Vous êtes sur la page 1sur 41

Boxe Française Savate

Student’s Manual

Club website www.savate.dsl.pipex.com

Page 1 of 41
La Boxe Française Savate

Introduction

This manual has been collated to give the Boxe Française Savate Student a central
reference source with which to build their knowledge and understanding of this truly
fascinating fighting art.

History of Savate

The origins of Savate can be traced back to the end of the 18th century.

It is thought that by the 1800’s ‘La Savate’ was being used as a simple street fighting
art that utilised open hand strikes and kicks.

There are many articles which trace the origins of Savate, but most seem to agree that
the art developed in the tough streets of Marseilles.

It is not known what exact influences moulded the style but it is speculated that sailor’s
returning from the orient and the influence of Basque fighting due to the population of
Basque’s in southern France, are the principle shapers.

The first detailed study of these fighting styles that were emerging in Marseilles was
made by Michel Cassuex in about 1820. He noted that some of the kicks used, had a very
definite and precise mechanism and were not simply the result of throwing a leg out.

Cassuex introduced Savate Marseilles, as it was then known, to Paris. He opened up a


Salle or practice gym in Courtille, which attracted some interest from the fashionable
elements of society that existed at that time, for example, the Duke of Orleans is
thought to have trained in the art.

It was one of Cassuex’s pupils, Charles Lecour, who is accredited with introducing the
English style of closed fist punches, after he himself was beaten in a match by the
English boxer, Owen Swift. It is said that Charles went to England to study ‘Boxe
Anglais’ and later returned to Paris. Bruce Tegner accredits Hubert Lecour (Charles
Lecour’s brother) with this in his book entitled ‘Savate: French Foot and Fist Fighting’.
But we will go with the majority view and assume Charles introduced the closed fist
punch. Thus ‘La Boxe Française’ was born.

Page 2 of 41
‘La Boxe Française’ incorporated English boxing rules within its mandate, where these
applied to punches and the legacy of these rules is found today.

A number of exponents of Savate came onto the scene at this time, such as Hubert
Lecour and Louis Vigneron. But it was Joseph Charlemont who was to have a lasting
influence on the sport.

Charlemont taught Boxe Française alongside La Canne in Paris, but he had to flee into
exile following the defeat of the republicans (whom he backed) at the hands of the
monarchist’s. He settled in Belgium and opened boxing schools there which became highly
successful, and he published his first book on French Boxing methods.

Following the establishment of the Third Republic, Charlemont received an amnesty and
returned to Paris and went about setting up further schools until French Boxing reached
the height of its popularity just before the outbreak of the First World War.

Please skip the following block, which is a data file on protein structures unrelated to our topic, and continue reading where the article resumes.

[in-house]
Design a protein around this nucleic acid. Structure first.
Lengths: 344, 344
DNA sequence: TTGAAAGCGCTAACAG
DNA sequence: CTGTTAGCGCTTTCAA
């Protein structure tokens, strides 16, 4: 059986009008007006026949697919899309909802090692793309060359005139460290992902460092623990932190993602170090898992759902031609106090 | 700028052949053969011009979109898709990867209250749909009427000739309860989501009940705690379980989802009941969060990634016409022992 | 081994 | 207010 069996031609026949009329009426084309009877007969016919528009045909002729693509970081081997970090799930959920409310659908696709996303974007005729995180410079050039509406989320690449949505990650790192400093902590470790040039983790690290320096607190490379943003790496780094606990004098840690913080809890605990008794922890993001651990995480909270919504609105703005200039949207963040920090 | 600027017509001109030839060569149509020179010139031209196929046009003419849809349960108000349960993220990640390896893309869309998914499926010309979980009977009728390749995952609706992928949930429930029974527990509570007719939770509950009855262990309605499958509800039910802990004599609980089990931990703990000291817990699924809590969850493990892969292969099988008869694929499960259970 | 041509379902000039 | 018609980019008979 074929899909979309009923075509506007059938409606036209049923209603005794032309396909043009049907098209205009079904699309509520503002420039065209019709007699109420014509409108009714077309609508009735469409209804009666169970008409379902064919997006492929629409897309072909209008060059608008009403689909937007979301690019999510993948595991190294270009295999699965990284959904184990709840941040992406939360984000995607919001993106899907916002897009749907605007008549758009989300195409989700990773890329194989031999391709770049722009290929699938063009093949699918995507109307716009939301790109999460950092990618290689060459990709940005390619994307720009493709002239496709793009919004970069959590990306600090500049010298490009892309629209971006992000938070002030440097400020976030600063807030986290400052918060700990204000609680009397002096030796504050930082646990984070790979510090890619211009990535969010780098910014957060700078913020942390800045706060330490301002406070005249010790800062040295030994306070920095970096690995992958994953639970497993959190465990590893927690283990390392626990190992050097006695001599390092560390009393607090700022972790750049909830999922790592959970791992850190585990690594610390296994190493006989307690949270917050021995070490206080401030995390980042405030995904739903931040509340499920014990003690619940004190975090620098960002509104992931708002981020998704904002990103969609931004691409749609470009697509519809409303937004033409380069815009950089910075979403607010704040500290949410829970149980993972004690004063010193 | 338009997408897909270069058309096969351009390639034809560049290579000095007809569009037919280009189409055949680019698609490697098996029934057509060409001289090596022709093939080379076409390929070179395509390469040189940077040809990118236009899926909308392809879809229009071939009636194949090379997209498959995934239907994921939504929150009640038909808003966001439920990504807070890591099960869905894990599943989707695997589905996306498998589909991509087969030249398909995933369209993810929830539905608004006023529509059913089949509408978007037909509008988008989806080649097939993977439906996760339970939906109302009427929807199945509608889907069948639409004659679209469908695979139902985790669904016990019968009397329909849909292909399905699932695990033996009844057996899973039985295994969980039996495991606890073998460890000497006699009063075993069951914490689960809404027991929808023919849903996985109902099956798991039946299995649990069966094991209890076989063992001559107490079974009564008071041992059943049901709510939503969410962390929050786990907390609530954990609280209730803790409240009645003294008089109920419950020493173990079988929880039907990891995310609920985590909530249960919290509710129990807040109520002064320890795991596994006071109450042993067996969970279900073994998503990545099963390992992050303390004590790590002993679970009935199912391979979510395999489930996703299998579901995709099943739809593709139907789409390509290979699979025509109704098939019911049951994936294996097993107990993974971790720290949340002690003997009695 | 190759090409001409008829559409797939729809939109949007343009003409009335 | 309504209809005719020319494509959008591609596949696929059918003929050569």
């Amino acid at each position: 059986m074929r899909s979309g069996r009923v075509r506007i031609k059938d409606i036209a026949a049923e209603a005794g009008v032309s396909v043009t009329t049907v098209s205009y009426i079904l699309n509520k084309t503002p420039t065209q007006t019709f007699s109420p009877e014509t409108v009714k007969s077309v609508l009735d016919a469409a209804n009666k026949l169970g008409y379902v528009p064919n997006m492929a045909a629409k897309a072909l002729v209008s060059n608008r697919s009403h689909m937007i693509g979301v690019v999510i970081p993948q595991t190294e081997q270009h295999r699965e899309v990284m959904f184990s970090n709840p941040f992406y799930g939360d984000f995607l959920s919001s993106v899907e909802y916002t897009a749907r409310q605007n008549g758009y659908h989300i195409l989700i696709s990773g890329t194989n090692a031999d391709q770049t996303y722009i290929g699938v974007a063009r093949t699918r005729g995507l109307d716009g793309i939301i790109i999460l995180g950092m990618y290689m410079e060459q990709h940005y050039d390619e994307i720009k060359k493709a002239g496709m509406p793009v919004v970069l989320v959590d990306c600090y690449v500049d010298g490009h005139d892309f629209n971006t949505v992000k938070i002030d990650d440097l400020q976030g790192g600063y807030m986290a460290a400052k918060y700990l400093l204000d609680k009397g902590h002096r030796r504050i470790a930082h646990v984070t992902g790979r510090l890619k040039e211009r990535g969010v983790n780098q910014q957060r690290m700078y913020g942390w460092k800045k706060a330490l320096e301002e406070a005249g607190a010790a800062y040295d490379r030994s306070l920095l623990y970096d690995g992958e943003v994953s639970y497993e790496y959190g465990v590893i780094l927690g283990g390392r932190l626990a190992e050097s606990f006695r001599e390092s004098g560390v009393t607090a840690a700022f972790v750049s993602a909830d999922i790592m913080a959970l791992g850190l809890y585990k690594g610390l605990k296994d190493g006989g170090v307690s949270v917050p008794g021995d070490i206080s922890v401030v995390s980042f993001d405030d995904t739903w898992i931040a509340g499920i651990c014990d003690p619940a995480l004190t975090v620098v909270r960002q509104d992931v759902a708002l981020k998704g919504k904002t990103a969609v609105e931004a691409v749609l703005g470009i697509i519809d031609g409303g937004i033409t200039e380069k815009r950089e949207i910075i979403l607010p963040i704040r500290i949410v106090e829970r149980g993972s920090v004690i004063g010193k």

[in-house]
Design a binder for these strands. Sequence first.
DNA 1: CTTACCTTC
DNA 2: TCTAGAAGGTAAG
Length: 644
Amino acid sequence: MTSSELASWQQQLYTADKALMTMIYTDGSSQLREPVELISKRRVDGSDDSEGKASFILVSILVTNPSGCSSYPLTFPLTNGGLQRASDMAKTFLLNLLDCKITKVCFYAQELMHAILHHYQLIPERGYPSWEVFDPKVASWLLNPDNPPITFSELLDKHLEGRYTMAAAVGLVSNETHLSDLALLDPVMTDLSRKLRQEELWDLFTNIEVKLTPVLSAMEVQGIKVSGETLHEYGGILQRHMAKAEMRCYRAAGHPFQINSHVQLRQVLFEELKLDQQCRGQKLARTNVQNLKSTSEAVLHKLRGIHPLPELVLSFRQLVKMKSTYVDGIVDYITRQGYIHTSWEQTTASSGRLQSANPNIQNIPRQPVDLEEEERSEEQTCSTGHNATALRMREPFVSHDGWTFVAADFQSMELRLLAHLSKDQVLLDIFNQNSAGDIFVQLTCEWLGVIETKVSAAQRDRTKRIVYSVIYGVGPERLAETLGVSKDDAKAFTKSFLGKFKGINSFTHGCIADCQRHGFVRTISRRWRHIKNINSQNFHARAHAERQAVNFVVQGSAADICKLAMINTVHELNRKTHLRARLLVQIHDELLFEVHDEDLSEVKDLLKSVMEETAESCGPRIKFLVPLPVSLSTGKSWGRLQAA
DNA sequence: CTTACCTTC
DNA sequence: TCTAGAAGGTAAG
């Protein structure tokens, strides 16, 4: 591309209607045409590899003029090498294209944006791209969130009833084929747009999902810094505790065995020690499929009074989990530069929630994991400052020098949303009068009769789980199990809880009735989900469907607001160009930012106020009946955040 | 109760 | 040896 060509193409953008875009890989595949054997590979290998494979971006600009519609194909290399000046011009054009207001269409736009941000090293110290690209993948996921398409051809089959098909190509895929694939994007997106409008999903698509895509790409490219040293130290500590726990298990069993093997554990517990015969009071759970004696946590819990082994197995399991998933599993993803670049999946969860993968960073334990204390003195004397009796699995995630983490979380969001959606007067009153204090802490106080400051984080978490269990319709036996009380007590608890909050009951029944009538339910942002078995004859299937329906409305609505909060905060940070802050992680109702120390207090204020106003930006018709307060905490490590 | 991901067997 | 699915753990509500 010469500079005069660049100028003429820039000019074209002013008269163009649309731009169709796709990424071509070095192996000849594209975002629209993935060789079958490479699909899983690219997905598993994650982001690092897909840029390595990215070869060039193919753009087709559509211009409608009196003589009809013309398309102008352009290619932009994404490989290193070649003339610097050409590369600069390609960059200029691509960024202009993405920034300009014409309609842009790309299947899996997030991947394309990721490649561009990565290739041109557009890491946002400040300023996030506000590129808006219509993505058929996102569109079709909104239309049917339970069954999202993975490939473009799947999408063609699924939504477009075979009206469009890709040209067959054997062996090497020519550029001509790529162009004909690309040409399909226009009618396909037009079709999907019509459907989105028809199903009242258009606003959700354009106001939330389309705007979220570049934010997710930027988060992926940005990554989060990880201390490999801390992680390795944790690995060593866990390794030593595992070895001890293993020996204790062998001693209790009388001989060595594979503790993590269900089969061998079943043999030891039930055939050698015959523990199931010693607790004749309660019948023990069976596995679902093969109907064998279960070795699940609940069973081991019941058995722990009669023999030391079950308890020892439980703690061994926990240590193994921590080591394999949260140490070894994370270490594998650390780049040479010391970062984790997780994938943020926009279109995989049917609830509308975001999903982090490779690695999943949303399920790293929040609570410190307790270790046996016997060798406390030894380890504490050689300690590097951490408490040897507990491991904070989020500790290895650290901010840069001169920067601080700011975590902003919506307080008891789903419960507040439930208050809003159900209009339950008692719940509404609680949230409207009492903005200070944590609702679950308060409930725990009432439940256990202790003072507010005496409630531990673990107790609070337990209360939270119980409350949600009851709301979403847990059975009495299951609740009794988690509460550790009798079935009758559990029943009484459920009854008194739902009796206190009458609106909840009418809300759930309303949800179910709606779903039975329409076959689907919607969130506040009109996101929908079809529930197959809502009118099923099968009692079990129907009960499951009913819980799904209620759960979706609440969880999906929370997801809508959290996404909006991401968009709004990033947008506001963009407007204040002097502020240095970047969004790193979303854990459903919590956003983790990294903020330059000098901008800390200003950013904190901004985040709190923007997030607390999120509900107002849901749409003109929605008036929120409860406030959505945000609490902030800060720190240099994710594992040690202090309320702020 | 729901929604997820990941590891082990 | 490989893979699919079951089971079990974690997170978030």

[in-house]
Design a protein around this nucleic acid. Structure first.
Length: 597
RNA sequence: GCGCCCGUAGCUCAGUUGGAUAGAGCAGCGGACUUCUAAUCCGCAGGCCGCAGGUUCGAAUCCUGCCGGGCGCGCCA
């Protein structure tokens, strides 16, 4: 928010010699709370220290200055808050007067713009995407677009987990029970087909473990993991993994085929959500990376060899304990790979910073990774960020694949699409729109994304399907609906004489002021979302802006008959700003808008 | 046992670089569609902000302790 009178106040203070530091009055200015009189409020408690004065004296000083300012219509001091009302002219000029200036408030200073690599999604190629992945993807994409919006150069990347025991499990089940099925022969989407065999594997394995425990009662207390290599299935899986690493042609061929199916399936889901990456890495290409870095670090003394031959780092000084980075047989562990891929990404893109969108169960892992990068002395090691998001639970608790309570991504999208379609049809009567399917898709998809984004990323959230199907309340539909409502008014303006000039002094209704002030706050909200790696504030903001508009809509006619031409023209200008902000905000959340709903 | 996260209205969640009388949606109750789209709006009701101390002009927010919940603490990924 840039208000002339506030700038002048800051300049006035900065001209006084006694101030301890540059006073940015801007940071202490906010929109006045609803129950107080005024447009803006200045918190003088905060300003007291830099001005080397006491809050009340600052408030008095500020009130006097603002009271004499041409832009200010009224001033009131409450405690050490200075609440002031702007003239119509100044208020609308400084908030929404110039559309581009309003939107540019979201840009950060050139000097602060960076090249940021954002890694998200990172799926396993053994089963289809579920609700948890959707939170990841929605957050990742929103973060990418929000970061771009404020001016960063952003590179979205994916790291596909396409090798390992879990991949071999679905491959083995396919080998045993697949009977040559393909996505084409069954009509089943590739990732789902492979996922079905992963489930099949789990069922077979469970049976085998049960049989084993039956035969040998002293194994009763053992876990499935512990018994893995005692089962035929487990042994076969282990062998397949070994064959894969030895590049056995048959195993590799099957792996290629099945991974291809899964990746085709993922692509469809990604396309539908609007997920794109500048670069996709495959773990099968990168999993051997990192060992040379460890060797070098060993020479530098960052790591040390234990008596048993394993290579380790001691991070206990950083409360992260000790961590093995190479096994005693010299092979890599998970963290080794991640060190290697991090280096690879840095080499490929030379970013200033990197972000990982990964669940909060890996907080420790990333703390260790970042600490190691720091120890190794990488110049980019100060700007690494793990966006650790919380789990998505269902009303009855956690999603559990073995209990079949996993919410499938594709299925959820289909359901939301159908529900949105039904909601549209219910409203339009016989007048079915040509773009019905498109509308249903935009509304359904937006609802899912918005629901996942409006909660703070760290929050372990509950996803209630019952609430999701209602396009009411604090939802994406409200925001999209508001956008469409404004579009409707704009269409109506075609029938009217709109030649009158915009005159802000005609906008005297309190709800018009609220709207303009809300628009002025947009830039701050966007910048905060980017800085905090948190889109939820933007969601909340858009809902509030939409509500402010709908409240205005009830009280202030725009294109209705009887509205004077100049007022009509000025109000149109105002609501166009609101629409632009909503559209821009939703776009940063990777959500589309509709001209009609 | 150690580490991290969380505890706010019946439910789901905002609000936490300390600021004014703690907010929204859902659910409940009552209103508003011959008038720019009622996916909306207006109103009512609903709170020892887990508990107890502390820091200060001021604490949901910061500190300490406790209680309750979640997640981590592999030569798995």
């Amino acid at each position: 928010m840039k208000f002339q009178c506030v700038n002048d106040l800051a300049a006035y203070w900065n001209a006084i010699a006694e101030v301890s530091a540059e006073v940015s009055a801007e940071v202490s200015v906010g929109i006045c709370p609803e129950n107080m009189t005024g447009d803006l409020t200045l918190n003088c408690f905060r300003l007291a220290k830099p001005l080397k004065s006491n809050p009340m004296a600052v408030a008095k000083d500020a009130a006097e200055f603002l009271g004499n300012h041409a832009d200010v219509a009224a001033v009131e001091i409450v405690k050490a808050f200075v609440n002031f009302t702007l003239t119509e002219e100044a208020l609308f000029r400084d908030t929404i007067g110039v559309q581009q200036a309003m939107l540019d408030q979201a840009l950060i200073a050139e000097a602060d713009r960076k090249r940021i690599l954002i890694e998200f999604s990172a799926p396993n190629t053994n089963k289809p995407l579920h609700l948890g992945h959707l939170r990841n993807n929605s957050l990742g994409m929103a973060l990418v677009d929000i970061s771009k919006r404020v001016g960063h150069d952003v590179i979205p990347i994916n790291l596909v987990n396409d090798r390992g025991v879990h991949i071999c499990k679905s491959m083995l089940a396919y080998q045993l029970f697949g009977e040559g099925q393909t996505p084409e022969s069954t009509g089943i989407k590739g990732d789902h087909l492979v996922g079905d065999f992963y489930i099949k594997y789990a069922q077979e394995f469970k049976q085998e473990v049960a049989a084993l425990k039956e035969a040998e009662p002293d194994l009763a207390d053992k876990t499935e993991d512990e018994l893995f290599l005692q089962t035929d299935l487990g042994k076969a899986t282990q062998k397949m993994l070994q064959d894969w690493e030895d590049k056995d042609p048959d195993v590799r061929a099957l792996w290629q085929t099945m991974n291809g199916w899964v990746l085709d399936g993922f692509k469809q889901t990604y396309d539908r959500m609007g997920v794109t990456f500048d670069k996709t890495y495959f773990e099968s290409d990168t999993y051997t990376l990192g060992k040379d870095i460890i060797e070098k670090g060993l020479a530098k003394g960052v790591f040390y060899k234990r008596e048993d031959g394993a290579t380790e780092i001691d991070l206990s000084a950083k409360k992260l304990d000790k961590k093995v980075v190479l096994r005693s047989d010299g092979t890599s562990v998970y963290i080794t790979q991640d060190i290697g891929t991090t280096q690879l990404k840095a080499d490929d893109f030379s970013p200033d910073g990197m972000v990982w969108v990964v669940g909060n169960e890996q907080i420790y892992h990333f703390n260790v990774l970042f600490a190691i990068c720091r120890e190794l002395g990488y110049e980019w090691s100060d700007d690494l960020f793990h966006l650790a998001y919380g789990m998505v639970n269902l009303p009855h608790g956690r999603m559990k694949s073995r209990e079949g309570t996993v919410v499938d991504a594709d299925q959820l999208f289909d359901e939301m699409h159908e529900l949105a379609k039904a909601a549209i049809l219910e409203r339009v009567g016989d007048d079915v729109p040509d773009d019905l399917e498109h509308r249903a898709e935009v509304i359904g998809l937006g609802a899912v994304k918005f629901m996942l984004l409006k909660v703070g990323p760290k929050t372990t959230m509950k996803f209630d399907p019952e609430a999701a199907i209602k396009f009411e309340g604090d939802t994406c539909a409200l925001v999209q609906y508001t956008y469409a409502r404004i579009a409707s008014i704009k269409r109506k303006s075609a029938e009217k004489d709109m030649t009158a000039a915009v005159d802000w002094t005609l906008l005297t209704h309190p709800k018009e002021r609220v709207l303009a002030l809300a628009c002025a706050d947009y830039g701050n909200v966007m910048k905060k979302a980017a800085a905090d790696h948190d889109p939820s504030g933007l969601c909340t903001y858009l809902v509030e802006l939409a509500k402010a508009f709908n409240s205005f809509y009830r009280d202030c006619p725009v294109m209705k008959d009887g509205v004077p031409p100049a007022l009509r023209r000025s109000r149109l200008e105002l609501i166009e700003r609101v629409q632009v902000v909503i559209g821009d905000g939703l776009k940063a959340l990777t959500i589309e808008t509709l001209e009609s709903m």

By this time his son Charles Charlemont, had gained notoriety within the sport along with
other notables such as Victor Castéres and Georges Carpentier.

By the end of the 19th Century it was estimated that there was more than 100,000
practitioners of La Boxe Française. Sadly the two intervening Great wars nearly wiped
out the sport and it is thanks to one man, La Comte Pierre Baruzy, whose enthusiasm and
commitment, that kept the sport going.

Today there are over 40,000 practitioners around the world and the sport is once again,
gaining popularity, especially across Europe.

The word ‘Savate’ literally means the slang for ‘Old Shoe’. Today, in recognition that
Savate developed from a self defence system, the self defence aspect of the art is
referred to as Savate Defence, whereas the ring sport is known as La Boxe Française in
order to avoid confusion. Collectively, the title Boxe Française – Savate is used

Organisation of Savate

Today Savate is an internationally practiced combat sport. The principal governing body
is Fédération Internationale de Savate (F.I.S). This international organisation was
formally constituted on the 23rd March 1985.

Each country has its own Federation which is affiliated to the F.I.S.

In Great Britain, this is the Great Britain Savate Federation (GBSF). In France it is the
Fédération Française de Savate, Boxe Française et D.A (FFSbf & DA). The initials ‘DA’
stand for Disciplines Assimilées or Associated Disciplines. Within the French Federation
resides the martial art element of Savate, which is represented by Savate Defence,
Grand Baton, La Canne, and Savate Forme. Similar arrangements exist within other
national federations.

Page 3 of 41
Savate in Great Britain

Today, Savate in Great Britain is managed under the careful guidance of the Great
Britain Savate Federation (GBSF) which is a fully affiliated Federation to the F.I.S.

The GBSF is able to sanction its own leagues, such as the ‘Assaut’ league, which is
currently held over three events each year. It is also able to grade its members and
train instructors.

The GBSF provides a focus for the promotion of Savate in this country. It is through
the GBSF that instructors gain certification and insurance in order to enable them to
open clubs and promote the sport regionally.

Students are required to join the GBSF before they can grade. Such membership
carries with it member to member insurance and in addition each instructor is required
to have professional indemnity insurance. Through such controls the integrity and
standards of excellence are maintained which compare favourably to other martial
arts/sports associations.

Equipment

The uniform of a Savateur typically reflects a flamboyant French style.


Savateur’s wear an all in one polyester intergrale garment that is extremely
comfortable to train and fight in.

Page 4 of 41
Another unique piece of equipment used by the Savateur is the boot or
Chaussure worn on the feet. Unlike English boxing boots, they have a thicker
sole and edge to them. These boots serve a dual purpose. Firstly to protect the
feet so kicks can be delivered with force without fear of injury and secondly, to